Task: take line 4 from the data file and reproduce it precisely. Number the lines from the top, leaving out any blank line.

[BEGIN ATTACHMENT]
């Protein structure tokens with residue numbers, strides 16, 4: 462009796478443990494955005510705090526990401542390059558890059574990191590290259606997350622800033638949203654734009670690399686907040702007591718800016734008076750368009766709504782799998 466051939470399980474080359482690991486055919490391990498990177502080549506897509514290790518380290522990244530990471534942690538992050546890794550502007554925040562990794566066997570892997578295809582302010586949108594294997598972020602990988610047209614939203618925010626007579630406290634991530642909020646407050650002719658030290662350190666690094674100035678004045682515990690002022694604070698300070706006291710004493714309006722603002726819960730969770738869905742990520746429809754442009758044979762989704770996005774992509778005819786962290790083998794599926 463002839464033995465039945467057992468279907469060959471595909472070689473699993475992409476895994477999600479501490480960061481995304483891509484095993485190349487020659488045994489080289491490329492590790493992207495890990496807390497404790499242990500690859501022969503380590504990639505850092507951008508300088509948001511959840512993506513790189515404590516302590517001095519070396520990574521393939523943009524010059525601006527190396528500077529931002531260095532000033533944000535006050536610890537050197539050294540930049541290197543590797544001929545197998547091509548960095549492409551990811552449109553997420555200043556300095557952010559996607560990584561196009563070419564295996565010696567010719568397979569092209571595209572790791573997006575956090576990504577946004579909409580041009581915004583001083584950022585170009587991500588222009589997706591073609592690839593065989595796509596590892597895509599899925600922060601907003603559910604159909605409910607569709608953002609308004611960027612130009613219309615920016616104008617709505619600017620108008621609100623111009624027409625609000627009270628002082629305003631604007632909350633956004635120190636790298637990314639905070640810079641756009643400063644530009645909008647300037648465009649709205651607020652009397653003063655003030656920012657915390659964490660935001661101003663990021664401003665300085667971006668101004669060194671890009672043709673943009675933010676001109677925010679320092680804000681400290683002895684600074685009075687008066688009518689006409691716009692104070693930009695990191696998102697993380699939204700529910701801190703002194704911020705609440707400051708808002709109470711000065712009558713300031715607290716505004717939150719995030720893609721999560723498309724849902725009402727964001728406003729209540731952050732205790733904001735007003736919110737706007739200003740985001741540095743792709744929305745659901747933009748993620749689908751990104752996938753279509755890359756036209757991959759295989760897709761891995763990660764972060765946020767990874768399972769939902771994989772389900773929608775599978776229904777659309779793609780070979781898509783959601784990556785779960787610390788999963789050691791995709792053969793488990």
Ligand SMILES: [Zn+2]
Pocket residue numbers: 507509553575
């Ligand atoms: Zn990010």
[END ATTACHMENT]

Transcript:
């Ligand atoms: Zn990010």